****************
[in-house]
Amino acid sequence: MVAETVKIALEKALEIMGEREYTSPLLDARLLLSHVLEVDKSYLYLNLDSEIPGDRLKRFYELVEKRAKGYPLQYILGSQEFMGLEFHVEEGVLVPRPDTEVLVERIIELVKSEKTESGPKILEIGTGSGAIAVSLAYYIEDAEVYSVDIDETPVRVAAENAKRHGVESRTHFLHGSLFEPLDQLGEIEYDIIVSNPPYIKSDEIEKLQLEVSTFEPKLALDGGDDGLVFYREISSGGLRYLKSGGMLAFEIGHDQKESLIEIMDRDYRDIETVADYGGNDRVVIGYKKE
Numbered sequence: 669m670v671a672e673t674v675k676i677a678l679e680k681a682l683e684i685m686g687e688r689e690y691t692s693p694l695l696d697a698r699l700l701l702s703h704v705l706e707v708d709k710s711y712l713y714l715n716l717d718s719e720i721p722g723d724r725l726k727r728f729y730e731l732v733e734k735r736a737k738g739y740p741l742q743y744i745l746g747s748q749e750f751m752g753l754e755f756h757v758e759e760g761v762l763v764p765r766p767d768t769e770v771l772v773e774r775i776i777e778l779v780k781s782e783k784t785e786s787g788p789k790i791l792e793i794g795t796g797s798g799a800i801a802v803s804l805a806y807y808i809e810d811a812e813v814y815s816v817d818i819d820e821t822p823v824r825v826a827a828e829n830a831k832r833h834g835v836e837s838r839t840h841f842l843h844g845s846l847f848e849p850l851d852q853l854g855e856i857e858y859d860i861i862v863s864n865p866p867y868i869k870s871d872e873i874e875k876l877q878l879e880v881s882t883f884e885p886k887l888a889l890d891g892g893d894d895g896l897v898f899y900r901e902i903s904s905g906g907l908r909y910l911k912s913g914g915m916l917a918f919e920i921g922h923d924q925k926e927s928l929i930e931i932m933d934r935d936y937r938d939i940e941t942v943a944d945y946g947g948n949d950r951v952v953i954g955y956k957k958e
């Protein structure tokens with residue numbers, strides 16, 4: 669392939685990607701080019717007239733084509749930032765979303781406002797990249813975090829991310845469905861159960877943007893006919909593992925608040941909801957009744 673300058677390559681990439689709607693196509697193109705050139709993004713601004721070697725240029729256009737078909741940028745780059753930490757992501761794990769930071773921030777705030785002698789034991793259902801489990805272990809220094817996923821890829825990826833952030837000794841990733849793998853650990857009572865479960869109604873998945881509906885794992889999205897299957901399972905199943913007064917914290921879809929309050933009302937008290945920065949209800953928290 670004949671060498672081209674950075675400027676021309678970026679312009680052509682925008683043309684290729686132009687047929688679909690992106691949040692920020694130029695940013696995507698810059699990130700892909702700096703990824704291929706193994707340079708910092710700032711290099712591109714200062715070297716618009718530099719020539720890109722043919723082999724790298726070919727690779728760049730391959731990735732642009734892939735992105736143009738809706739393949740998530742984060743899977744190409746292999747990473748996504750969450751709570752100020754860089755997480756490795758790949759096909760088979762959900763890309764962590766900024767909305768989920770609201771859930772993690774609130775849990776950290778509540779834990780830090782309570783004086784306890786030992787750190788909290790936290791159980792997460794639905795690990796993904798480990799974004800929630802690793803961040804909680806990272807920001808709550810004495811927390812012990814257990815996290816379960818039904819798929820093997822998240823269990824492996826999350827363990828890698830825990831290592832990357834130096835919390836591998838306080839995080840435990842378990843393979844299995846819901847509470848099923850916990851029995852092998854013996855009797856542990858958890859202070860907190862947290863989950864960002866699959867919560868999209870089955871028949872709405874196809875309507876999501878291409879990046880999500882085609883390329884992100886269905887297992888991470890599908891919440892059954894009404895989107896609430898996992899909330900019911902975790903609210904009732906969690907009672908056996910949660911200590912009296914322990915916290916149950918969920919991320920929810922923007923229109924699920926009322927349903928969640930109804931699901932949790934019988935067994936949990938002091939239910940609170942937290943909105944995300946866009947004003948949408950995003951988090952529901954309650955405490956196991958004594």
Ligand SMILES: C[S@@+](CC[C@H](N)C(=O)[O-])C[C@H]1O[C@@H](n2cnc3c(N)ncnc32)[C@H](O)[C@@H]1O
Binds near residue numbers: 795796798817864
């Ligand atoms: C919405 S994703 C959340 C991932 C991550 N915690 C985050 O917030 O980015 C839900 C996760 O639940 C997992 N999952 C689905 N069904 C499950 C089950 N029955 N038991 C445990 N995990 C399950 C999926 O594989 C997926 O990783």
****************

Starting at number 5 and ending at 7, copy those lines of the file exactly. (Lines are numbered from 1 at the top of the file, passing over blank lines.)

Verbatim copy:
Ligand SMILES: C[S@@+](CC[C@H](N)C(=O)[O-])C[C@H]1O[C@@H](n2cnc3c(N)ncnc32)[C@H](O)[C@@H]1O
Binds near residue numbers: 795796798817864
């Ligand atoms: C919405 S994703 C959340 C991932 C991550 N915690 C985050 O917030 O980015 C839900 C996760 O639940 C997992 N999952 C689905 N069904 C499950 C089950 N029955 N038991 C445990 N995990 C399950 C999926 O594989 C997926 O990783």